But for the vast majority, it is a deteriorating situation. In a large part of the country, the settlers own most of the fertile land.

Europeans are in the agricultural and non-agricultural sectors, the main employers, yet there are disparities both between Europeans and non-Europeans and within the European group as well as among Muslim Algerians.

The temptation to present Europeans as a dominant class and all Muslims as an undifferentiated mass of proletarians and sub-proletarians must be resisted. Both societies have their favoured or disadvantaged groups.

For the European population, the social gaps are greatest in the countryside. Alongside huge estates there are smallholders, sometimes on the verge of poverty, who have not been absorbed into the process of land concentration.

As far as the Algerian Muslim population is concerned, the gaps appear in the cities, in the urban environment there are Muslim middle classes whose standard of living is close to that of the European working population, who are mostly wage-earners and small businessmen.

Inequalities in terms of legal and political status should be noted; in other words, in this type of settlement, there are economic inequalities, but these are compounded by inequalities in legal and political status. This inequality tends to separate very clearly these two entities, which are diversified.

From a legal point of view, there is the indigenous code, which is a regulatory arsenal that only applies to indigenous people; it is a repressive legal system that only applies to indigenous people. It is applied by the administration in violation of the principles of the separation of powers, while the code of indigénat provides for collective sanctions in violation of French law. It is a regime of exception established everywhere in the French empire except in Morocco and Tunisia.

You can be punished if you disobey orders, the punishment can be collective, but you can also be punished, bearing in mind that during the colonial period there was no free movement of persons if you are caught without permission outside your district, which is subject to the law of the code de l'indigénat.

Inequality of political status is the situation in which indigenous Muslims as inhabitants of a territory annexed by France are French nationals. In 1848, Algeria was proclaimed an integral part of French territory, constituting three departments and sending deputies to the National Assembly. Indigenous Muslims have had French nationality since 1865, but not the citizenship of France, while indigenous Israelites, who were naturalized collectively in 1870, enjoy legal assimilation that is not subject to the code of indigénat.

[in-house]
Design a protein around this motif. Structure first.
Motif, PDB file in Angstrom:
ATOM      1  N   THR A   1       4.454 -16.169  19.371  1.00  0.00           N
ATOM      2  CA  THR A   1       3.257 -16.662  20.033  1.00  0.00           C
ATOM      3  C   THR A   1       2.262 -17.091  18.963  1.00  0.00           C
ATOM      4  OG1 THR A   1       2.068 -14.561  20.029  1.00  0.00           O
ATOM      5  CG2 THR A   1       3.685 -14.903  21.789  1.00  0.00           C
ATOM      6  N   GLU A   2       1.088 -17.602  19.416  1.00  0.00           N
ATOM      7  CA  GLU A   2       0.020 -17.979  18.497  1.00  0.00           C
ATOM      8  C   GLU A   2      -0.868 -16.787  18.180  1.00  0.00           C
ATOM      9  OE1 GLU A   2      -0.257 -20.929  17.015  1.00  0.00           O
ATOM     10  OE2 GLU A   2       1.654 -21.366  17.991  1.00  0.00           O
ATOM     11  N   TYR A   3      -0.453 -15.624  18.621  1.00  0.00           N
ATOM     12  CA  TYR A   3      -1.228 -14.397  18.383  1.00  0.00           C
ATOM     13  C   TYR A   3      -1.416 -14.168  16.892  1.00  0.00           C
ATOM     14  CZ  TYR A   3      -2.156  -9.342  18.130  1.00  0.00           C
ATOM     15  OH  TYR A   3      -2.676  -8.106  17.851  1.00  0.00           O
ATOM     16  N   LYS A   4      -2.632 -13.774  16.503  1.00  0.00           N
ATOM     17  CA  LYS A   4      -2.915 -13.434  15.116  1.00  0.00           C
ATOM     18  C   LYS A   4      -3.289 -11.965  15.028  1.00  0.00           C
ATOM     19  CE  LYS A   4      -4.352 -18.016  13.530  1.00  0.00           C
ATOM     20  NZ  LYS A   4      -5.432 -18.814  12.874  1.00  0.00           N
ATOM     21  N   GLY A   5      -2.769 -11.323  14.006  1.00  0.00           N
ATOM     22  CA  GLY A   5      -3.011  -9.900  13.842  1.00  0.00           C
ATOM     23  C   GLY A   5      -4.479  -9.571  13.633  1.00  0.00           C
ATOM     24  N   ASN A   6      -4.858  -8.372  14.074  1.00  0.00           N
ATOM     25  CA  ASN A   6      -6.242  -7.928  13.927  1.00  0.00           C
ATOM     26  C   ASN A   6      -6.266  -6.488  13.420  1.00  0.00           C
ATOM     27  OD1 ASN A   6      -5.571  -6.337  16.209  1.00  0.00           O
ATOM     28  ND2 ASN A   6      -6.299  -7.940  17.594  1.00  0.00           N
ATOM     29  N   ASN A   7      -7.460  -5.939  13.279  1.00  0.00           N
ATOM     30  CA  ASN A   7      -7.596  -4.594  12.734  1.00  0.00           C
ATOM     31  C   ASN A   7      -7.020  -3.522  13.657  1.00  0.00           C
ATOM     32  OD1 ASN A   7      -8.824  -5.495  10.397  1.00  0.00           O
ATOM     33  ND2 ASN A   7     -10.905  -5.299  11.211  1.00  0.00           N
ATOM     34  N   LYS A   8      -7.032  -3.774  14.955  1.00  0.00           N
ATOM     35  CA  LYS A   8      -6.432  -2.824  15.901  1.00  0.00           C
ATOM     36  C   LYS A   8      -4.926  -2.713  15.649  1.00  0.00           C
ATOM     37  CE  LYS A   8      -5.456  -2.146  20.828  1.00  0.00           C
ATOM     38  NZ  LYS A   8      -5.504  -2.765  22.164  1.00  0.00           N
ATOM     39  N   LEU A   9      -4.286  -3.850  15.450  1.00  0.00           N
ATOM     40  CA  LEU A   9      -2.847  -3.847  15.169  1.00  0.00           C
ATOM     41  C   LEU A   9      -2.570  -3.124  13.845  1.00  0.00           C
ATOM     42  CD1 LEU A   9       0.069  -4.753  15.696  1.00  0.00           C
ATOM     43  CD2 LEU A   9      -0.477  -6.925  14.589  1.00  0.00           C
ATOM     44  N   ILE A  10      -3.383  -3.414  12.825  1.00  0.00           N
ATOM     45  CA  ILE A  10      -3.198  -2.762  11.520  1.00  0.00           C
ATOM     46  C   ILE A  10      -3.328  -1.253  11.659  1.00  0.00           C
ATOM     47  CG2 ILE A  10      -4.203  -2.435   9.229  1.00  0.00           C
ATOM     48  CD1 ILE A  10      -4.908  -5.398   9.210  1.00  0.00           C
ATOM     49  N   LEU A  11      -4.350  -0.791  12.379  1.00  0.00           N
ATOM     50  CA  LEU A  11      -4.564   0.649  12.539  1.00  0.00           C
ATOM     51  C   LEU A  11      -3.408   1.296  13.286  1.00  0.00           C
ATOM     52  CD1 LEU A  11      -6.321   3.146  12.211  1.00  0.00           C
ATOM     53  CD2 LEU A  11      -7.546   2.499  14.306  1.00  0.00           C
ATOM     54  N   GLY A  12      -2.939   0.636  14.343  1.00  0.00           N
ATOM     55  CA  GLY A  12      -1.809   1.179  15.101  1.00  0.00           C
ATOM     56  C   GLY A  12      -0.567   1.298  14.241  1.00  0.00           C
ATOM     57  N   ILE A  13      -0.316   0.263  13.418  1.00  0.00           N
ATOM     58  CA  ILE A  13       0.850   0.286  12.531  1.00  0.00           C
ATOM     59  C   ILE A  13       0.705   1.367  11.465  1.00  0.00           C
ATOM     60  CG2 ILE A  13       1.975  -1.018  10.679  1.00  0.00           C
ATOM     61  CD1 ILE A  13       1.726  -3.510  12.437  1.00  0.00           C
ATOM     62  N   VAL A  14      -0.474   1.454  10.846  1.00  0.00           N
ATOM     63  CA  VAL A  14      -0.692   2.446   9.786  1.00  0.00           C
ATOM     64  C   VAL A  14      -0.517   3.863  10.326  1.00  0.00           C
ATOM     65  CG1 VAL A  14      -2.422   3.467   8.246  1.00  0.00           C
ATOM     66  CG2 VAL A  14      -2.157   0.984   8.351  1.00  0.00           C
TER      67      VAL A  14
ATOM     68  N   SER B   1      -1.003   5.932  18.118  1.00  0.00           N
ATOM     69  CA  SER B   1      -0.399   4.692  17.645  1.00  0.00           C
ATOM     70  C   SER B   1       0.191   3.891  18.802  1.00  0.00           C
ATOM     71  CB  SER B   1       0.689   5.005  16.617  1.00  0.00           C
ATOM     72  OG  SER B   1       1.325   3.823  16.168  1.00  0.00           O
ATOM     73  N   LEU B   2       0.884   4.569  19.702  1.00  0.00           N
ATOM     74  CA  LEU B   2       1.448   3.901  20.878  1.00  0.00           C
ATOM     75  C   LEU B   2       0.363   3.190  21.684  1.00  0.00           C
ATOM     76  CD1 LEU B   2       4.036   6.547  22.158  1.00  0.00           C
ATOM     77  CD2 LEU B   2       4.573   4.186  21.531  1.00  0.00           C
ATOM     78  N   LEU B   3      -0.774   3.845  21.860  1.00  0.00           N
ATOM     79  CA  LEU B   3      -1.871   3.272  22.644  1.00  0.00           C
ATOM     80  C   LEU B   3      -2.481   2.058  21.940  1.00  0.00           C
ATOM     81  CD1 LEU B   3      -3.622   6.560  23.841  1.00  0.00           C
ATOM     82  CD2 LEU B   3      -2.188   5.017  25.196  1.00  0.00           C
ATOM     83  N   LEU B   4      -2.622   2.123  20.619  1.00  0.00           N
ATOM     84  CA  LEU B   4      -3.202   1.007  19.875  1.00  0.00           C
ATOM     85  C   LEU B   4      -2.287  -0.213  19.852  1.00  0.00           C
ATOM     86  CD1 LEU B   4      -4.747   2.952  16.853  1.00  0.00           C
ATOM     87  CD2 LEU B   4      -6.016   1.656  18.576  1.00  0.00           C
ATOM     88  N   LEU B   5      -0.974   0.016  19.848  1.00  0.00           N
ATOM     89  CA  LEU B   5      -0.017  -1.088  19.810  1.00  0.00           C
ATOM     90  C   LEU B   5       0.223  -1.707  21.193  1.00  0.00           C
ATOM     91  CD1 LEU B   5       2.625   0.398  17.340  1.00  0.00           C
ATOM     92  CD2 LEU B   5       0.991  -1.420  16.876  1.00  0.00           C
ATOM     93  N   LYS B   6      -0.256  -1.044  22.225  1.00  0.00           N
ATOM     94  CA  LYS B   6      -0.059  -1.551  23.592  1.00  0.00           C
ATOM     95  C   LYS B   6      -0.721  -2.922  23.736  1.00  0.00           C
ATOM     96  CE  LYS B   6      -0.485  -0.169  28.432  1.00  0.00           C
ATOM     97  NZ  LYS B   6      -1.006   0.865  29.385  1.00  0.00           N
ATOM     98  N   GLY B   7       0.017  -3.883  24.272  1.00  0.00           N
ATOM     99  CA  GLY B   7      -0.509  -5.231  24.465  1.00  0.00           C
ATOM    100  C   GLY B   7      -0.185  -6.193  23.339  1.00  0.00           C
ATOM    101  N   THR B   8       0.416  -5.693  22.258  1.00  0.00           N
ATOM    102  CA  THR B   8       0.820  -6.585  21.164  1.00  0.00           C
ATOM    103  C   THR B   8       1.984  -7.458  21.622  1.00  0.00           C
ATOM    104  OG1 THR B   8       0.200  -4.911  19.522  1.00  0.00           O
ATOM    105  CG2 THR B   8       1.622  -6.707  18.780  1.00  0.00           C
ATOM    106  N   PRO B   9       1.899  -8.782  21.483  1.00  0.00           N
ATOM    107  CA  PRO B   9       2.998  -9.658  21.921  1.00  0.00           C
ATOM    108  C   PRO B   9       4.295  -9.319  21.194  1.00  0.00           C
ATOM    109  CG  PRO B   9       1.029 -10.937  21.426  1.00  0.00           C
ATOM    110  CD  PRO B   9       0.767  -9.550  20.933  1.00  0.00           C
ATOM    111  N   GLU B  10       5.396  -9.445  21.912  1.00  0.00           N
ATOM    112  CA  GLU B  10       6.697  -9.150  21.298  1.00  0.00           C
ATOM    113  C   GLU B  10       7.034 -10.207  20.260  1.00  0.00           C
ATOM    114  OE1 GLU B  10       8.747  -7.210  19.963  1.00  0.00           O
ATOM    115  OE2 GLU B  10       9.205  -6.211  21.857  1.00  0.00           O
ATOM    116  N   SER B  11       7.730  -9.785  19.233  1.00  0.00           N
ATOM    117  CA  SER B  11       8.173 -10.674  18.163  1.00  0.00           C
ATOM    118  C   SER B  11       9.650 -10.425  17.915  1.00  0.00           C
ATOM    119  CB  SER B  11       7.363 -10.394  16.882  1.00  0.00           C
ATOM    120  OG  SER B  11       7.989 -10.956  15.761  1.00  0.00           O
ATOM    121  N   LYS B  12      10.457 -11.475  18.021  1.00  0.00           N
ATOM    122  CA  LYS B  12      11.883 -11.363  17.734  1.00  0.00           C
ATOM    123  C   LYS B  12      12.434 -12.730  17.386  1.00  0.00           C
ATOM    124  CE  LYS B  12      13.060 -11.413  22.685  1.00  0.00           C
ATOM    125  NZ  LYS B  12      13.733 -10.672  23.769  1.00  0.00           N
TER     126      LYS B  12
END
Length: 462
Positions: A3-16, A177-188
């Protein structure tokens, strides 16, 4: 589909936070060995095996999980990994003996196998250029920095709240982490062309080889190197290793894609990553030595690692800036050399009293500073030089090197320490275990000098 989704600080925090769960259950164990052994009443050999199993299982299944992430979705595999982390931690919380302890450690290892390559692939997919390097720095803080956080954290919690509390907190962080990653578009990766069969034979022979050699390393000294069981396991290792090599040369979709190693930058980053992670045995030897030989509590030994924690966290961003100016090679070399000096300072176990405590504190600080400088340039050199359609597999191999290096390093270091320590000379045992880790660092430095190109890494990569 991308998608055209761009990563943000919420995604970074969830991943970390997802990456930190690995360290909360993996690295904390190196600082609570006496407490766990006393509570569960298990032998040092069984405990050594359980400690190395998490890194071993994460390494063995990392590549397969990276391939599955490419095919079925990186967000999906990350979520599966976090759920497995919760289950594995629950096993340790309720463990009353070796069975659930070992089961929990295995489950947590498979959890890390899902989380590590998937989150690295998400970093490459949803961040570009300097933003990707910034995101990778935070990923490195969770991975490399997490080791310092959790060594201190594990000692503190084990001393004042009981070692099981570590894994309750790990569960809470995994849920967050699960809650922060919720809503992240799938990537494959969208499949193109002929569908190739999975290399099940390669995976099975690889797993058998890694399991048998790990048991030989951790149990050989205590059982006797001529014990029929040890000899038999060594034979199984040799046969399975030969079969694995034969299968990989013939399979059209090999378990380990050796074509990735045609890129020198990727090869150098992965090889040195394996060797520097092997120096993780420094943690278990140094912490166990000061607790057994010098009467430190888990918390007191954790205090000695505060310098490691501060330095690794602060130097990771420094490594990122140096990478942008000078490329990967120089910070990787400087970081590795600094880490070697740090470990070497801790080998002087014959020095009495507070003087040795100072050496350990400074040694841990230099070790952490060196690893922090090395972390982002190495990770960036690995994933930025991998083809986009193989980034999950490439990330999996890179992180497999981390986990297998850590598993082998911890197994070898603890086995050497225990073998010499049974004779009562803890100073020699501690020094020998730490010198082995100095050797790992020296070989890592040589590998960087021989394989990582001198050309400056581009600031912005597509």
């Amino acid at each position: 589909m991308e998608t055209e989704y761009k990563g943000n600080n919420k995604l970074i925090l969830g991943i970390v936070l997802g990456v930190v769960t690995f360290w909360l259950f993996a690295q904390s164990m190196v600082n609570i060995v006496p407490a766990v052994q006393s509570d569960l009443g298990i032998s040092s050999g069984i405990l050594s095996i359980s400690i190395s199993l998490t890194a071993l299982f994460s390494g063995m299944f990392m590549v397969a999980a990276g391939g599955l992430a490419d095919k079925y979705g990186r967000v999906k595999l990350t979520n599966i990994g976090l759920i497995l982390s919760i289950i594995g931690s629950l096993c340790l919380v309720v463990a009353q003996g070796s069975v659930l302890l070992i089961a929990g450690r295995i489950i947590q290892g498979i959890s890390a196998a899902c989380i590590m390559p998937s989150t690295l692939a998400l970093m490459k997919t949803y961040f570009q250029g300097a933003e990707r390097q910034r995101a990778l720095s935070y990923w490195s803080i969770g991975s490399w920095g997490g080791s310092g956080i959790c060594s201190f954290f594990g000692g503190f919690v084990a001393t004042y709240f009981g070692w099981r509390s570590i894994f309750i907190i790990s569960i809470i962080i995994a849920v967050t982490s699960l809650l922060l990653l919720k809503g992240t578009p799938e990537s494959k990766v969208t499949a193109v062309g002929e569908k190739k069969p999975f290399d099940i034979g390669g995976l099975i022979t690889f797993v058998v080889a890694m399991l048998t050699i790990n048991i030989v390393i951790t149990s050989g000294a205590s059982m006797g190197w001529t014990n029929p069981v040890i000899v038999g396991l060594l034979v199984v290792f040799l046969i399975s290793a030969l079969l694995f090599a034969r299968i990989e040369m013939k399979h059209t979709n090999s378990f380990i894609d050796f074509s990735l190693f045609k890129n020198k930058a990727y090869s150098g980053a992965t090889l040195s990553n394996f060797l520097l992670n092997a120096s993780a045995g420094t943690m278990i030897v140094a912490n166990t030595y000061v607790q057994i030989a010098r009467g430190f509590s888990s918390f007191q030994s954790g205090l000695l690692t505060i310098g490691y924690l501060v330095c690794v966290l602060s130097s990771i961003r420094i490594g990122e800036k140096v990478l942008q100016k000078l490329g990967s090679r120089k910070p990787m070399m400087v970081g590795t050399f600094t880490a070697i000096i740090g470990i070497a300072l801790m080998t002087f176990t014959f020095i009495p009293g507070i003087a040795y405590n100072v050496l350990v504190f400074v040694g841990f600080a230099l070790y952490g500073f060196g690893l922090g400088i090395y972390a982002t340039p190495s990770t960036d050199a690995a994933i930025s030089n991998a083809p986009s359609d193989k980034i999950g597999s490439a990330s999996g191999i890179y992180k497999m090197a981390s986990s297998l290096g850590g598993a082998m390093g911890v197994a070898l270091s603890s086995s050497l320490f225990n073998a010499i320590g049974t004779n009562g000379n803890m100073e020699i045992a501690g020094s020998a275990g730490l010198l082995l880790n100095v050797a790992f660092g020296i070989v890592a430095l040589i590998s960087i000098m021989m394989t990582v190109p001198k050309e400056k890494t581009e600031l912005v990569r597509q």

Can unworthy Muslims be granted French citizenship? It is possible, provided they apply for it, as accession to French citizenship is not a right, but a favour granted by the colonizer in a dissuasive manner: one must renounce Koranic law or Berber customs. In the end, a very small number of indigenous Muslims acceded to French citizenship during the colonial period.

French citizens of indigenous origin were a category that continued to be discriminated against: they had difficulty gaining access to land and could not hold administrative positions either.

French colonization disrupted Muslim society, which was not the case for the Ottoman occupation, the peasantry, the cadres of Algerian Muslim society and the urban elites. Generally speaking, the mixed colonisation formula is destructive and generates strong inequalities.

In South Africa and Zimbabwe we find the same characteristics where European domination always ends in extreme violence or late. The war in Zimbabwe ended in 1980, the dismantling of apartheid took place in 1990, etc. The European domination of Zimbabwe is still extremely violent or late.

It is an upheaval that primarily concerns the peasantry, which is the victim of land dispossession and is becoming impoverished.

Another impact of colonization is the break-up of the Muslim aristocracy, the big families, the tribal chiefs, the bourgeoisie of the big cities, who almost all disappear under the shock of colonization.

In urban areas, there is something like a revival in the wake of colonization. Urban elites are reconstituting themselves very slowly from the 1900s and especially after the First World War. This reconstitution of urban elites is taking place in a new form, which are secularized and francized Muslims.